Illustrating tenderness and fluidity through abstract landscapes, London-based, Hong Kong artist Sammi Mak explores her relationship with the world through the language of painting. Her works often exude romance, femininity, and vulnerability, a visual lexicon that continuously draws connections between nature and women. Her Duk Dak Solo Presentation at Art Central 2023 invites guests to actively engage with the intimate space she has constructed with her brushwork, examining their own connection to nature and language. 

Sammi Mak, We Are Only An Ocean Apart, 2022, oil and watercolor on canvas, 120 x 155 cm. Courtesy of the artist and Odds and Ends.

Bridget Riley

b. 1931, London
Presented by Tanya Baxter Contemporary 

British artist Bridget Riley is an icon of British art – known for her singular Op Art paintings that explore optical phenomena to evoke compelling, vibrant sensations of movement, colour and three-dimensionality. Exploiting optical phenomena to evoke compelling sensations of movement, color, and three-dimensionality, Riley’s paintings interrogate not only how we see, but the phenomenological experience of seeing. Today, her investigations into the physical, psychological and social aspects of visual sensation and perception continue unabated.

Bridget Riley, KA-IV, 1980, oil on linen, 30 x 26.5 inches. Courtesy of the artist and Tanya Baxter Contemporary.

Cristina Lama

b. 1977, Seville, Spain
Lives and works in Hong Kong
Presented by Delimbo Gallery

Cristina Lama has a singular artistic world that turns between figurative and abstract paintings. In the former, she generates scenographic compositions; her abstract works are populated with shapes of various colours. Lama’s artwork is characterised by its expressiveness and speed of gesture. She works with fresh oil, applying high amounts in every brushstroke. The paintings reveal no order or even perspective – figures are displayed at the same level as the background, or they have no background at all. Thus objects are subordinated to the real intention of the work, which is the painting process above all.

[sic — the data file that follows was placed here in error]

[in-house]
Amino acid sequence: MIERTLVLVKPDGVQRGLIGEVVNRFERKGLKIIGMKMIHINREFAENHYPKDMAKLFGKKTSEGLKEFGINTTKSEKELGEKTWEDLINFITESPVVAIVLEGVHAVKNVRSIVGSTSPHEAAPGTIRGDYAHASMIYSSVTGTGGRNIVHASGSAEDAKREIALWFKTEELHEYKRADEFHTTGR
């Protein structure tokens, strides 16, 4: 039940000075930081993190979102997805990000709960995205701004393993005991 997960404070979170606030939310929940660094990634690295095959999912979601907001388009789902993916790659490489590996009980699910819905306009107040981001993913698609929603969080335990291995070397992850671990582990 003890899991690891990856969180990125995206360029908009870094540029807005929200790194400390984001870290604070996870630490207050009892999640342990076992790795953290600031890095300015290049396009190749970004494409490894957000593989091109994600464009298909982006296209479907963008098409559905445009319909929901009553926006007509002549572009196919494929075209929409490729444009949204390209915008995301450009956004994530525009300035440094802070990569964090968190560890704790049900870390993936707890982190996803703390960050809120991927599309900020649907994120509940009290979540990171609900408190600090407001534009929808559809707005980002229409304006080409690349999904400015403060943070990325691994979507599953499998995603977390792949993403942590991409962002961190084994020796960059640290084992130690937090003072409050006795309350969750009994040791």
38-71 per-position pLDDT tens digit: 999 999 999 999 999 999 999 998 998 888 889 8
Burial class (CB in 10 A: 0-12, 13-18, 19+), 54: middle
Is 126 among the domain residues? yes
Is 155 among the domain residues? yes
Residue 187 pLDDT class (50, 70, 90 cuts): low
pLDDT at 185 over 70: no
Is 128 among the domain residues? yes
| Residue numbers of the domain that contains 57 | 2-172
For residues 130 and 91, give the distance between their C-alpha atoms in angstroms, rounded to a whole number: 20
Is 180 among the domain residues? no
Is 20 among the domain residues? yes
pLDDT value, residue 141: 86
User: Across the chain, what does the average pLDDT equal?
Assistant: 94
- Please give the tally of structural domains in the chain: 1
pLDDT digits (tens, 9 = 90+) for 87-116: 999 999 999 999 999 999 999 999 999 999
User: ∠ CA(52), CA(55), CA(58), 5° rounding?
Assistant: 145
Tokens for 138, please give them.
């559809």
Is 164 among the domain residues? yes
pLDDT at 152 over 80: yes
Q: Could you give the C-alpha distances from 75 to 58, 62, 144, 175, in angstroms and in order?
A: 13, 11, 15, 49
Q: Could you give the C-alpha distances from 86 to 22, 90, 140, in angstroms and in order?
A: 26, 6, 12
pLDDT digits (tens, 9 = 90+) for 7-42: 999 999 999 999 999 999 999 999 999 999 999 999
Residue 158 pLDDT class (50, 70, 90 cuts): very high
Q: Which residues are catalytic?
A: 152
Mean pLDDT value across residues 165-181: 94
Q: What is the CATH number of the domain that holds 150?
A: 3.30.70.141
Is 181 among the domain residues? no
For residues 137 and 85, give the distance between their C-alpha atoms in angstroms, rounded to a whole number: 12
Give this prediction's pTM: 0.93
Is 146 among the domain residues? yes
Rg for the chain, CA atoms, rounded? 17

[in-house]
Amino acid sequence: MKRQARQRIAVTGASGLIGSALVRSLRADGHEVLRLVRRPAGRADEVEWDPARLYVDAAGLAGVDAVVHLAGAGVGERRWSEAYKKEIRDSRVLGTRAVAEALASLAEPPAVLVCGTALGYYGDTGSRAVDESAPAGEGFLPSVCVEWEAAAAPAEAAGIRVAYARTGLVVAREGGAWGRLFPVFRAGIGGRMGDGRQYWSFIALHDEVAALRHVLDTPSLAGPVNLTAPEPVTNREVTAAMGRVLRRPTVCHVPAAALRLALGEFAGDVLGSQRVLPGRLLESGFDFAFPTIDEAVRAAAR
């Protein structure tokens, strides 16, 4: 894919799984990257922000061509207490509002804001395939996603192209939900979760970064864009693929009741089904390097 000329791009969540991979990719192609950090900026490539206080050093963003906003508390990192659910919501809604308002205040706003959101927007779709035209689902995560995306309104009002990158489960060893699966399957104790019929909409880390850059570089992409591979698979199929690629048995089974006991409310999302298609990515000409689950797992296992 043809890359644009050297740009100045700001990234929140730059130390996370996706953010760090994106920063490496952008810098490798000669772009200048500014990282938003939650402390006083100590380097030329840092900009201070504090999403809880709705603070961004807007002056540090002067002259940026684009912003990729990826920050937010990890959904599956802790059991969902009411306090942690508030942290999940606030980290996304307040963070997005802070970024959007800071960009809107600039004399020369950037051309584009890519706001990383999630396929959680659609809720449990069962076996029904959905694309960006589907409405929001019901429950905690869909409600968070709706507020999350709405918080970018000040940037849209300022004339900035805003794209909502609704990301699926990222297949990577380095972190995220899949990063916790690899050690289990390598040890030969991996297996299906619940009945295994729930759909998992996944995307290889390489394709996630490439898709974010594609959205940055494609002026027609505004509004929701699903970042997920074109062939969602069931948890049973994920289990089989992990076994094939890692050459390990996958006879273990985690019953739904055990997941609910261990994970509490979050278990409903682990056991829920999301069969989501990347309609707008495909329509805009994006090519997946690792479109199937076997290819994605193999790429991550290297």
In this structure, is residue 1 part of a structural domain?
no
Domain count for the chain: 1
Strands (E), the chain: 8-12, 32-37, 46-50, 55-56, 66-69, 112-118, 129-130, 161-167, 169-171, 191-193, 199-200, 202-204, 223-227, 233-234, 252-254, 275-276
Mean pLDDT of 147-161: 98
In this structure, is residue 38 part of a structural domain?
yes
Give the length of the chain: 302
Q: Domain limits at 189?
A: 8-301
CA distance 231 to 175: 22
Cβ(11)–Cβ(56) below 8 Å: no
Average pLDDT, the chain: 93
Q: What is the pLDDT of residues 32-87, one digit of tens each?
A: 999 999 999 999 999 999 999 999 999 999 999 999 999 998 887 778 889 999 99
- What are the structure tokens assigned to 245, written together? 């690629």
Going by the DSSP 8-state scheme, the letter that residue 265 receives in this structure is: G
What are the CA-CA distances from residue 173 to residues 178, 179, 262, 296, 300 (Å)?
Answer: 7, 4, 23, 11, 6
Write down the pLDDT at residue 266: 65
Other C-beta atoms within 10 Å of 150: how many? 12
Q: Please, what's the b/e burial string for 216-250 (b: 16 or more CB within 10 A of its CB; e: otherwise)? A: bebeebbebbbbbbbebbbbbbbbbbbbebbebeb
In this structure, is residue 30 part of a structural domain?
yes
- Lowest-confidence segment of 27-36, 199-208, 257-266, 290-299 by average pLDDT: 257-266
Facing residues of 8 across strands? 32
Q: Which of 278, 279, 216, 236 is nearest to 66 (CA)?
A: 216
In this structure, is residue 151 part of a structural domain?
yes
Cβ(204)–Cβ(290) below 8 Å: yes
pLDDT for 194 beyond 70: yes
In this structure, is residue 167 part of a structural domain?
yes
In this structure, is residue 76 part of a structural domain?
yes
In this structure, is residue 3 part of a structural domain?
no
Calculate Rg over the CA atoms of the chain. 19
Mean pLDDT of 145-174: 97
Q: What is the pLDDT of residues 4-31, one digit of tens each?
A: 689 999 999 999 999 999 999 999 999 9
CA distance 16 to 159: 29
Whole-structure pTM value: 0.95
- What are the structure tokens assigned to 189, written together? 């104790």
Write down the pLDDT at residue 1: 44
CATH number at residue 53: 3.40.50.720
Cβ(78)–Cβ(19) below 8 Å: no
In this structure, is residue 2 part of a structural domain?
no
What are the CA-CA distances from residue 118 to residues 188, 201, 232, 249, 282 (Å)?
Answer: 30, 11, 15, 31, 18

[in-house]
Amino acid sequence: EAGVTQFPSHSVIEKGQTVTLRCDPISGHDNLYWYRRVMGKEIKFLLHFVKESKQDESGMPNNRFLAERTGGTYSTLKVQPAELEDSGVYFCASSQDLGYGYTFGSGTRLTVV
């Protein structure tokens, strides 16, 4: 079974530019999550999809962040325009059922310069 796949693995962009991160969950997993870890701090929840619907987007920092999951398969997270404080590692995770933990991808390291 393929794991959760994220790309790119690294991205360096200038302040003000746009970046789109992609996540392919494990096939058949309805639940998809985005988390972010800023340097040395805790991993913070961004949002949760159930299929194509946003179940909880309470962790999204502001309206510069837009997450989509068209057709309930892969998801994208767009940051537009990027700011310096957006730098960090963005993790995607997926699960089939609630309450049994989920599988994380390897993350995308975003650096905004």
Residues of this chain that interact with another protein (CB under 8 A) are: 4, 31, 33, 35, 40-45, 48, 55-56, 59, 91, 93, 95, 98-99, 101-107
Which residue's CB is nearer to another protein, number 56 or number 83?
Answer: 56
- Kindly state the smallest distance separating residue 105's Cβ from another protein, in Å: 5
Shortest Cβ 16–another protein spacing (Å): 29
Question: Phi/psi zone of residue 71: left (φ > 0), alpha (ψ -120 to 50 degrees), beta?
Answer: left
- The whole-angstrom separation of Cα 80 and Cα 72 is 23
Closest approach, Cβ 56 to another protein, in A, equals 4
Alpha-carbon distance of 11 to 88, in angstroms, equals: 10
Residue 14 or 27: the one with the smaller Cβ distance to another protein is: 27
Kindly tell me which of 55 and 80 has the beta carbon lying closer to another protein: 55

Christina Lama,  COMITIVA, 2022, oil on linen, 150 x 180 cm. Courtesy of the artist and Delimbo Gallery.

Han Choong-seok 

b. 1981, Busan, South Korea
Lives and works in Hong Kong
Presented by Gallery Woo

Korean artist Han Choong Seok seeks to examine the intricacies of human relationships and the challenges of human intimacy. For Han, the white owl is emblematic of everyday human interactions. The artist’s distinctive figures, characterised by their animal traits, all have gently closed eyes, suggesting a desire for intimacy and a simultaneous need for distance. Han incorporates acrylic paint with Korean cotton Gwangmok and a traditional ink-wash technique, infusing his Western-style painting with Eastern influences. The resulting gentle and unique palette offers a healing space for his melancholic characters.

Han Choong-seok, The Boy Self Defense, 2023, acrylic on Korean cotton, 130.3 x 97 cm. Courtesy of the artist and Gallery Woo.

NKSIN

b. 1994, Fukushima, Japan
Lives and works in Hong Kong
Presented by Katsumi Yamato Gallery

Combining spray painting from the 1990s, the fuzzy sfumato technique popular in the Renaissance, and influences of Japanese subculture, Japanese-Filipino artist NKSIN’s hybrid style reflects a multifaceted society and his place within it. The artist’s monochromatic portraits, all rendered in a flat grey colour evoking a sense of helplessness, suggest both a longing for and rejection of the past and the present. Distinguishable icons such as craftsmen, musicians, and painters are displaced within the ambiguous settings of his works, allowing the artist to not only remove the historical, racial, and cultural barriers that separate us, but also to reflect on his own experiences of discrimination due to his multicultural background.

NKSIN, BORING THINGS, 2022, acrylic on canvas, 162 x 130 cm. Courtesy of the artist and Katsumi Tamato Gallery.

Jason Ho

b. 1993, London
Presented by Seefood Room

Filled with detailing and dynamism, Jason Ho’s “art-chitecture” is bursting with color and life, offering its viewers a glimpse into his narrative-inspired fantastical worlds. Trained at Cambridge University and University College London, British-Chinese architect Jason Ho designs evocative architectural space that exceeds the definition of science, anchoring his subjects in the essence of abstractionism.

Jason Ho, Pivot, 2022. Acrylic on canvas, 110 x 90 x 3 cm. Courtesy of the artist and Seefood Room.
MARCH 2025
CENTRAL HARBOURFRONT